In addition factors such as stock costs, response time and so on do not always apply and unlike dyers, most printers are able to operate without steaming or washing by using pigment-printing methods. Thus a balance exists which not only permits but even requires the coexistence of direct and transfer printing. The relative importance of the two methods consequently varies with fluctuations of the market, fashion and fibre preference.
Methods / Types of Transfer Printing:
A great many methods of producing textile transfer prints have been described in the literature. Many of them exist only in patent specifications but several have been developed to production potential. They may be summarized most conveniently as below.
This method depends on the use of a volatile dye in the printed design. When the paper is heated the dye is preferentially adsorbed from the vapour phase by the textile material with which the heated paper is held in contact. This is commercially the most important of the transfer-printing methods.
Heat Transfer Printing:
Heat transfer printing (HTP) is based on the ability of certain disperse dyes to sublime from a printed paper at temperatures of 180–200◦C and is the very essence of simplicity. It is therefore no wonder that it was once regarded as something of a philosopher’s stone.
This method has been used since the 19th century to transfer embroidery designs to fabric. The design is printed on paper using a waxy ink, and a hot iron applied to its reverse face presses the paper against the fabric. The ink melts on to the fabric in contact with it. This was the basis of the first commercially successful transfer process, known as Star printing, developed in Italy in the late 1940s. It is used in the so-called ‘hot-split’ transfer papers extensively used today in garment decoration.
This method is similar to melt transfer with the difference that the design is held in an ink layer which is transferred completely to the textile from a release paper using heat and pressure. Adhesion forces are developed between the film and the textile which are stronger than those between the film and the paper. The method has been developed for the printing of both continuous web and garment panel units, but is used almost exclusively for the latter purpose. In commercial importance it is comparable with sublimation transfer printing.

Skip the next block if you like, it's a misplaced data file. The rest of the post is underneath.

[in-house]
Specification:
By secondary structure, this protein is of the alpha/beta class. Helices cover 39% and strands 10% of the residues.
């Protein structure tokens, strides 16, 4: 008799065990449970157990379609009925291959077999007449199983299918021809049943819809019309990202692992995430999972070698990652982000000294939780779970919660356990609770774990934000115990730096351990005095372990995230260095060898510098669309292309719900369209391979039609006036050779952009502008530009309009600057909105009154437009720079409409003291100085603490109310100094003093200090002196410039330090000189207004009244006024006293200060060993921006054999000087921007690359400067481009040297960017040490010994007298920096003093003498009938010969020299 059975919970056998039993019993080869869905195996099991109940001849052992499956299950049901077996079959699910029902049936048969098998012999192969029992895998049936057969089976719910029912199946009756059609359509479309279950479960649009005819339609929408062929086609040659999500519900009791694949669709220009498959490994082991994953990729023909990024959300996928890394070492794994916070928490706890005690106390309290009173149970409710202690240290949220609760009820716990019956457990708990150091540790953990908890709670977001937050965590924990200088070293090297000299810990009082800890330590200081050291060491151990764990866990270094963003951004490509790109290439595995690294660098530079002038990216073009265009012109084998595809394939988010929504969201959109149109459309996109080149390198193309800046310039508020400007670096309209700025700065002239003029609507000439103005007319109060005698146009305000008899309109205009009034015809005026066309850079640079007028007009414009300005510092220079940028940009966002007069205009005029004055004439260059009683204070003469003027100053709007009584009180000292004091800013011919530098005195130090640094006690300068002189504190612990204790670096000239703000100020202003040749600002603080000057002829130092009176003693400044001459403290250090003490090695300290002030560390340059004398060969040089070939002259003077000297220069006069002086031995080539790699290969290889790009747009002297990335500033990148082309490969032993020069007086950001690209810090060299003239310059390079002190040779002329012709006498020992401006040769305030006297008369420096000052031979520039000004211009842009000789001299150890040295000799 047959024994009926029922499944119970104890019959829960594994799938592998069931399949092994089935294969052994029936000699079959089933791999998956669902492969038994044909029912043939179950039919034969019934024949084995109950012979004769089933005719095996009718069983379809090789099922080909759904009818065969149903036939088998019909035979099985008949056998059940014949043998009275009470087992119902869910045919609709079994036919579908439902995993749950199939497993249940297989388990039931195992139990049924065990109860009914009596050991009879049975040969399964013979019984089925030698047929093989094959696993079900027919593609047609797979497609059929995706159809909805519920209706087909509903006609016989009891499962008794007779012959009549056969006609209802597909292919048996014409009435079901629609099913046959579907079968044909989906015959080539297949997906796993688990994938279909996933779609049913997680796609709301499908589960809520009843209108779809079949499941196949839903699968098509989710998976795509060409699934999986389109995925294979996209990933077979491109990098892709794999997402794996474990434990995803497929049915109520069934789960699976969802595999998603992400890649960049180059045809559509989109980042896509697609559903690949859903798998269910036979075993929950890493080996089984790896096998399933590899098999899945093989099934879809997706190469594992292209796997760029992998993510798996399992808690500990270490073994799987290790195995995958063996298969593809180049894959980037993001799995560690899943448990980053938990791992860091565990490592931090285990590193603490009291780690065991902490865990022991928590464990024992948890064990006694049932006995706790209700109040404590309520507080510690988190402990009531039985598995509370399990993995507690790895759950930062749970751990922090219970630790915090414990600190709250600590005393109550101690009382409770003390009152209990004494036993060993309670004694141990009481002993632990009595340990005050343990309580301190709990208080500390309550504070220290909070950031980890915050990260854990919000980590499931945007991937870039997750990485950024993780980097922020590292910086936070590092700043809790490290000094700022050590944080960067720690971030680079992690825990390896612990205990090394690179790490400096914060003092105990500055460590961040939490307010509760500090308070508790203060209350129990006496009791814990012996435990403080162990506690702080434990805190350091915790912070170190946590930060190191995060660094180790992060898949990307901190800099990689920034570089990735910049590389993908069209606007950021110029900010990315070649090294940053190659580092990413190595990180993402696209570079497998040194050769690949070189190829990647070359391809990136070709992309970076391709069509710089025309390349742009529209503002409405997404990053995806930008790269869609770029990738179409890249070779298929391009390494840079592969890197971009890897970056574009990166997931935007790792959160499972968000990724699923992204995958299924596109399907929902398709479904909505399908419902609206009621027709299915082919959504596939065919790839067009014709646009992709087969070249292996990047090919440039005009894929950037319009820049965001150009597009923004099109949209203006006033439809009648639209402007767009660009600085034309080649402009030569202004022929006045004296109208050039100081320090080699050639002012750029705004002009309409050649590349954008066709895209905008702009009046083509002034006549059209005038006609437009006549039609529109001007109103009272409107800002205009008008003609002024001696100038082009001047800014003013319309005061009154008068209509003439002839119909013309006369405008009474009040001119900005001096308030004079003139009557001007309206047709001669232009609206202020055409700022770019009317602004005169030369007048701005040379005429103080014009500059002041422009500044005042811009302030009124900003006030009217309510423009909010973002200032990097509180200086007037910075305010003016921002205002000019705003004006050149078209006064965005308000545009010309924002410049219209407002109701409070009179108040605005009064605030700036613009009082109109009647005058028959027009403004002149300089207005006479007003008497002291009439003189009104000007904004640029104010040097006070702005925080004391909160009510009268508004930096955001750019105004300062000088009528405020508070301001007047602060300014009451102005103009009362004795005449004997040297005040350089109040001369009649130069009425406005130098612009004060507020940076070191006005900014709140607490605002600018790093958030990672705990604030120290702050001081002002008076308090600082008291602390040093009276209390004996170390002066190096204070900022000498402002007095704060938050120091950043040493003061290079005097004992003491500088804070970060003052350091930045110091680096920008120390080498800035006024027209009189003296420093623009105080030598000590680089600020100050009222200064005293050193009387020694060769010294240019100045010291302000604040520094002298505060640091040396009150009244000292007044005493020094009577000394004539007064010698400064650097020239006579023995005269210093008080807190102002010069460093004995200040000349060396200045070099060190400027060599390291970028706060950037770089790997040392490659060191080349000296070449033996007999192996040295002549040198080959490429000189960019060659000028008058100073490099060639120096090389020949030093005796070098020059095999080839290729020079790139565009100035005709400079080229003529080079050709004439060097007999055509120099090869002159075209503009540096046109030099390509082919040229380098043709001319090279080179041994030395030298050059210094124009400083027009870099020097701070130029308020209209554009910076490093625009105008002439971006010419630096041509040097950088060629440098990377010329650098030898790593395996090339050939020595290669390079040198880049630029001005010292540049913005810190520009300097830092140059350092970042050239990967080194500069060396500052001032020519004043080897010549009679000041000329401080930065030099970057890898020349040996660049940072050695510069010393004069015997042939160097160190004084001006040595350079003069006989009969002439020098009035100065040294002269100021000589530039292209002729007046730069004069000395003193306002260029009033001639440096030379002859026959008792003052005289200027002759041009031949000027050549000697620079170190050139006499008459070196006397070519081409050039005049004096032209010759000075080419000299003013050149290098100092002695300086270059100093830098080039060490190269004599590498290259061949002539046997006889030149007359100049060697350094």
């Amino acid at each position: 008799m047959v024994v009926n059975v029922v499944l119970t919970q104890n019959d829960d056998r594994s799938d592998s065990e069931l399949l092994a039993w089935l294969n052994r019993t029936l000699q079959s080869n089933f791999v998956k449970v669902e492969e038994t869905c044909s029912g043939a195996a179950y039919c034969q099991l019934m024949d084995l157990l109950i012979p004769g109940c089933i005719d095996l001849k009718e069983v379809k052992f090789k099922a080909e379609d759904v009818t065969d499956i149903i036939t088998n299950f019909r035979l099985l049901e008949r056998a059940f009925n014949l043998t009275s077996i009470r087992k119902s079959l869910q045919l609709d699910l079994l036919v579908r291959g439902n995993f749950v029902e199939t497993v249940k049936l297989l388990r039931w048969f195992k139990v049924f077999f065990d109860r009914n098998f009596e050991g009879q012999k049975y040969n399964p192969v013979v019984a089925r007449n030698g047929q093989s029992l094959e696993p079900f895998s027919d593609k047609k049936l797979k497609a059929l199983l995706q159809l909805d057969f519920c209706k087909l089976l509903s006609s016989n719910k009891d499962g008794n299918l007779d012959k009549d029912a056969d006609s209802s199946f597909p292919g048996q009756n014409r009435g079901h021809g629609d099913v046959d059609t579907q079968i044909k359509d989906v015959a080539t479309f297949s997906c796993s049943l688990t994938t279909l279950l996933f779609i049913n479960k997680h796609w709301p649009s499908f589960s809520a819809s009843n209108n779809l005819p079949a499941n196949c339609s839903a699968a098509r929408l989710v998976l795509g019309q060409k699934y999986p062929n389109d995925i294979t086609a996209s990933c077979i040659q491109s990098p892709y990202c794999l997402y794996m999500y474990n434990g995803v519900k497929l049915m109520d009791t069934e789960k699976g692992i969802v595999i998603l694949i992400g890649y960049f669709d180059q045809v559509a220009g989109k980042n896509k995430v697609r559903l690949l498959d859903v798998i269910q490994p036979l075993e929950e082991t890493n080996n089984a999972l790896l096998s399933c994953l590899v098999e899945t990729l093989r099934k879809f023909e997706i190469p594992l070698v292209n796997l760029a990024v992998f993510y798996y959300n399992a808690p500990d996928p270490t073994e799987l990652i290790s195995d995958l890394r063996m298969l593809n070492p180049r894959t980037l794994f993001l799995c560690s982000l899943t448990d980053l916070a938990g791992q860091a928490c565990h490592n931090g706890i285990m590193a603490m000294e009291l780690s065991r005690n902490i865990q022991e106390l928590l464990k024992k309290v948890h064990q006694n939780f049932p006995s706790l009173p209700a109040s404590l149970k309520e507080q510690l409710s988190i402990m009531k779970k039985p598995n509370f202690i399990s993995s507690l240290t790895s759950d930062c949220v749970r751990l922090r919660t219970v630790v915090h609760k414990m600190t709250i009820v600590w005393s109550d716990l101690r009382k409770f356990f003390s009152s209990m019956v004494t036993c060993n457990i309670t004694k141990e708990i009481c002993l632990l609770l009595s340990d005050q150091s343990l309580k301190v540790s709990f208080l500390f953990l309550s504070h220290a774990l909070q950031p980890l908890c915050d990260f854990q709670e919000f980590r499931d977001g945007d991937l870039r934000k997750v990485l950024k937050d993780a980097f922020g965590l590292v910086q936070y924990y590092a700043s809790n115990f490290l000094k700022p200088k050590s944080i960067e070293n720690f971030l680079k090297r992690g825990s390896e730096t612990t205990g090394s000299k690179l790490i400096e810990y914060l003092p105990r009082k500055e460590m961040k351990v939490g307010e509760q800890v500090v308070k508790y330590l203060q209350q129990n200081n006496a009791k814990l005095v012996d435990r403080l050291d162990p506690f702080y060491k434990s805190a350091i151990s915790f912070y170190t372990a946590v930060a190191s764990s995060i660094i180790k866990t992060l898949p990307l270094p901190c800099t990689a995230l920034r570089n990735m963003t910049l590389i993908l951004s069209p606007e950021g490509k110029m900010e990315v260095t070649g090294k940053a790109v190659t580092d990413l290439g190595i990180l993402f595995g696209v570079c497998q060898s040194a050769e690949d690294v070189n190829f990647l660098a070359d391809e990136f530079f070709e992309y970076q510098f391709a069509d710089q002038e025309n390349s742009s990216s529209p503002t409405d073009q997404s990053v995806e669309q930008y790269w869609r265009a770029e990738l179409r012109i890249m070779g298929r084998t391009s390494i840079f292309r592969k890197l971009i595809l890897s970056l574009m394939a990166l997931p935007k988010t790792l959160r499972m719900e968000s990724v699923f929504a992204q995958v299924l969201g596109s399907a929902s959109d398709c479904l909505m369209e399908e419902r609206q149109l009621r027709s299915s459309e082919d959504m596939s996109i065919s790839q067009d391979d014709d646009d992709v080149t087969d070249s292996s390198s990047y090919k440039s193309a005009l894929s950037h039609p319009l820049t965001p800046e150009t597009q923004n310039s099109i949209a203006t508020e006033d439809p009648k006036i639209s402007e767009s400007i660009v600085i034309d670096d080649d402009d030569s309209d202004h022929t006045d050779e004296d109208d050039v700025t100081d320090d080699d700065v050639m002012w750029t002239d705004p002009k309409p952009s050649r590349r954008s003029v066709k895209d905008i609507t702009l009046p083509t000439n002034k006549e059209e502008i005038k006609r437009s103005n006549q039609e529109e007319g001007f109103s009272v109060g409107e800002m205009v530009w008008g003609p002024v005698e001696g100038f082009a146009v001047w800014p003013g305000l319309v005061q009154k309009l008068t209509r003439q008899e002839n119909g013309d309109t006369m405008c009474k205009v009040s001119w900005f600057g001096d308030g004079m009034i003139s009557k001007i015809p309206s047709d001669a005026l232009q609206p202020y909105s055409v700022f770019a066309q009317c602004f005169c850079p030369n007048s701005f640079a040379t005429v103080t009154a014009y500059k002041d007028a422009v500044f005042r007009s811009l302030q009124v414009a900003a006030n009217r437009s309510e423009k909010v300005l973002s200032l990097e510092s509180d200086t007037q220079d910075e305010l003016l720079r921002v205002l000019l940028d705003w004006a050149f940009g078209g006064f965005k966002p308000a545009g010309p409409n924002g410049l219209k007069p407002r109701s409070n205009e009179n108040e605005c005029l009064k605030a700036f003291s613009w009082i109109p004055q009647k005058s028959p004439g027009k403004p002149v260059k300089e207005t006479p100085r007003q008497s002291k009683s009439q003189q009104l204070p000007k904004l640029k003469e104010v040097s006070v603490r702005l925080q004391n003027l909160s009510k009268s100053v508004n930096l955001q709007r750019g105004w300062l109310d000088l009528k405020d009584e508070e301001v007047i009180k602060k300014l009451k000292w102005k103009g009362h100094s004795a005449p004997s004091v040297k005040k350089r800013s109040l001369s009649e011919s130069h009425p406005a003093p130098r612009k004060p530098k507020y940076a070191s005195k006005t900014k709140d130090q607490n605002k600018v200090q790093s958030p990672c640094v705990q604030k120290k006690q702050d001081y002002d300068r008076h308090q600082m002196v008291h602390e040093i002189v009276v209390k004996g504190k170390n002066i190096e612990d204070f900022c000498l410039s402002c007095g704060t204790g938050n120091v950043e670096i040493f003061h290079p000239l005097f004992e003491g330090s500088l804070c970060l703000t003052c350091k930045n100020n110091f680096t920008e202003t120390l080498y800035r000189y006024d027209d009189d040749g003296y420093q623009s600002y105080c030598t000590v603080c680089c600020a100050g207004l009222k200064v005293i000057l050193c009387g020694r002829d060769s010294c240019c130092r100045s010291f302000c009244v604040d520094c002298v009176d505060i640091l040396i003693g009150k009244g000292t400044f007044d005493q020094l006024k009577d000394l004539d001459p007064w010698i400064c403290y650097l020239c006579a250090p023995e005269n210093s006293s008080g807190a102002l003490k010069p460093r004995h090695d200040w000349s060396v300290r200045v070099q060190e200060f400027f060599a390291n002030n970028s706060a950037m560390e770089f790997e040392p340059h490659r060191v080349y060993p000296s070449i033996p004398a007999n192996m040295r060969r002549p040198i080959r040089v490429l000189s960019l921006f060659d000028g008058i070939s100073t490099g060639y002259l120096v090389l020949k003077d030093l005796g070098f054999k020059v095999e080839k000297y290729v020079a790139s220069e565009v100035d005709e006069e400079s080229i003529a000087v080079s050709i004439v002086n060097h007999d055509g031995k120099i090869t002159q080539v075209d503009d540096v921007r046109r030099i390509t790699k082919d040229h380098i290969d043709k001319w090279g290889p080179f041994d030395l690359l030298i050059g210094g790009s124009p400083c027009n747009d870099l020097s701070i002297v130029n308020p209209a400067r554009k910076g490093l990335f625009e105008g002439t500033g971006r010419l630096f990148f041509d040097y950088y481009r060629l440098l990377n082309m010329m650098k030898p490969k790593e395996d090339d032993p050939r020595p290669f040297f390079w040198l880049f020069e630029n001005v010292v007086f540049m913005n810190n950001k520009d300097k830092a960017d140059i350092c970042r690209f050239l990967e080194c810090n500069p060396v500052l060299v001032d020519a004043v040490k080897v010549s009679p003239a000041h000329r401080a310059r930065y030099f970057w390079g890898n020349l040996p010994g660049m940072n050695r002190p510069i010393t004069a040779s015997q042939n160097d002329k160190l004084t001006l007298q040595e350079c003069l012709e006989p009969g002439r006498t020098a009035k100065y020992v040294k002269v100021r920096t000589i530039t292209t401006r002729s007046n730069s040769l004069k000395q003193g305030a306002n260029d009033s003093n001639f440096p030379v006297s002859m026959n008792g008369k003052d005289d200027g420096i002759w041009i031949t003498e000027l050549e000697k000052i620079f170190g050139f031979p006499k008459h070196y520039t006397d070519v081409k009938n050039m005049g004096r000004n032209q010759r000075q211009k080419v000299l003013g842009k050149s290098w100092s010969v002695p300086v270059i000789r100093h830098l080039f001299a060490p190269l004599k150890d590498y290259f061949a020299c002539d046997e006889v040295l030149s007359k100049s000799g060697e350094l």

The concept of wet transfer printing was first introduced by Dawson International in the late 1960s, and was the subject of several patents and publications. It was based on the use of transfer papers printed with Lanasol reactive (α-bromoacrylamido) dyes, which were brought into contact with the substrate, prepadded with a thickened acid liquor. Through the application of heat and pressure, transfer (or ‘migration’) and fixation of the dyes took place, and a wash-off completed the process. The original Fastran process was based on the printing of garments, and radio-frequency (RF) heating was employed to enable a stack of garments to be printed simultaneously.
Water-soluble dyes are incorporated into a printing ink which is used to produce a design on paper. The design is transferred to a moistened textile using carefully regulated contact pressure. The dye transfers by diffusion through the aqueous medium. The method is not used to any significant extent at the present time.
These different methods are considered separately in this chapter since they introduce different scientific and technical factors, and their use is best discussed in the context of the rather different commercial environments.
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Founder & Editor of Textile Learner. He is a Textile Consultant, Blogger & Entrepreneur. He is working as a textile consultant in several local and international companies. He is also a contributor of Wikipedia.